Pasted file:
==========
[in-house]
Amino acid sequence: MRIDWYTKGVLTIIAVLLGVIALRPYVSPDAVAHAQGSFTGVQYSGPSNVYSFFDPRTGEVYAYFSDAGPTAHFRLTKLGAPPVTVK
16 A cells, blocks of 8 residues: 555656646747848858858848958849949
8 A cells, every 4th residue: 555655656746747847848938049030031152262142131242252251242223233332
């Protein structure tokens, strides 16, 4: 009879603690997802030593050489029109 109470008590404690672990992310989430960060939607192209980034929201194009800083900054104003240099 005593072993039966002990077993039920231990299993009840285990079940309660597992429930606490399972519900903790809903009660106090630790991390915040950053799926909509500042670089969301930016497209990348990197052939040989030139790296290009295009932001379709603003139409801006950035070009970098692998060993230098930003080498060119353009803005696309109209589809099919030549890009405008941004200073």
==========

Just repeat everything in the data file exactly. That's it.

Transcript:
[in-house]
Amino acid sequence: MRIDWYTKGVLTIIAVLLGVIALRPYVSPDAVAHAQGSFTGVQYSGPSNVYSFFDPRTGEVYAYFSDAGPTAHFRLTKLGAPPVTVK
16 A cells, blocks of 8 residues: 555656646747848858858848958849949
8 A cells, every 4th residue: 555655656746747847848938049030031152262142131242252251242223233332
């Protein structure tokens, strides 16, 4: 009879603690997802030593050489029109 109470008590404690672990992310989430960060939607192209980034929201194009800083900054104003240099 005593072993039966002990077993039920231990299993009840285990079940309660597992429930606490399972519900903790809903009660106090630790991390915040950053799926909509500042670089969301930016497209990348990197052939040989030139790296290009295009932001379709603003139409801006950035070009970098692998060993230098930003080498060119353009803005696309109209589809099919030549890009405008941004200073």